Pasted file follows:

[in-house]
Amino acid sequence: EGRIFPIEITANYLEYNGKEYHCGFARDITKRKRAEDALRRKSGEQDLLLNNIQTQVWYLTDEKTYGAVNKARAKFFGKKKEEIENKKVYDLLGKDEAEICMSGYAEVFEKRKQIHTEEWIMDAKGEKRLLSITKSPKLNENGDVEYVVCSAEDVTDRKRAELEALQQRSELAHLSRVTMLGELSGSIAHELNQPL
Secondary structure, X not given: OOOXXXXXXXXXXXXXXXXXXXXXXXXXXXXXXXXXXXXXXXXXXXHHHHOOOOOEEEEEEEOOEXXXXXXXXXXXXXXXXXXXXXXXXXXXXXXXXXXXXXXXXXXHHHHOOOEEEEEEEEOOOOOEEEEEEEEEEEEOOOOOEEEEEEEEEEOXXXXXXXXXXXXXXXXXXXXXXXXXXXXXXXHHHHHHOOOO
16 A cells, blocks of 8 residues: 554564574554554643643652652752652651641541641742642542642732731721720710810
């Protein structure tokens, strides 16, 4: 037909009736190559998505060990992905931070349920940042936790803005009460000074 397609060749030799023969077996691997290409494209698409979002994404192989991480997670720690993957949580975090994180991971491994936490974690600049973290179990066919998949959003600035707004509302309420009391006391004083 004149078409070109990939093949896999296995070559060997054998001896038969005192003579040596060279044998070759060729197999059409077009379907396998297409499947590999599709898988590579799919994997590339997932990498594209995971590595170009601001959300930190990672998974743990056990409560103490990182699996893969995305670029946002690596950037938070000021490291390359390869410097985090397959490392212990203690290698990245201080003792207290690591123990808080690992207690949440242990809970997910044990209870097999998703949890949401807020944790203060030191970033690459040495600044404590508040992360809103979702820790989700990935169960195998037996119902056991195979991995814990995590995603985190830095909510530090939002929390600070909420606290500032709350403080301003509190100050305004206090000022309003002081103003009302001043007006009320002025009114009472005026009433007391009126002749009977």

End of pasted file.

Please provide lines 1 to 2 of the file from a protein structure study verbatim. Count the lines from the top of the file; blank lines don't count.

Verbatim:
[in-house]
Amino acid sequence: EGRIFPIEITANYLEYNGKEYHCGFARDITKRKRAEDALRRKSGEQDLLLNNIQTQVWYLTDEKTYGAVNKARAKFFGKKKEEIENKKVYDLLGKDEAEICMSGYAEVFEKRKQIHTEEWIMDAKGEKRLLSITKSPKLNENGDVEYVVCSAEDVTDRKRAELEALQQRSELAHLSRVTMLGELSGSIAHELNQPL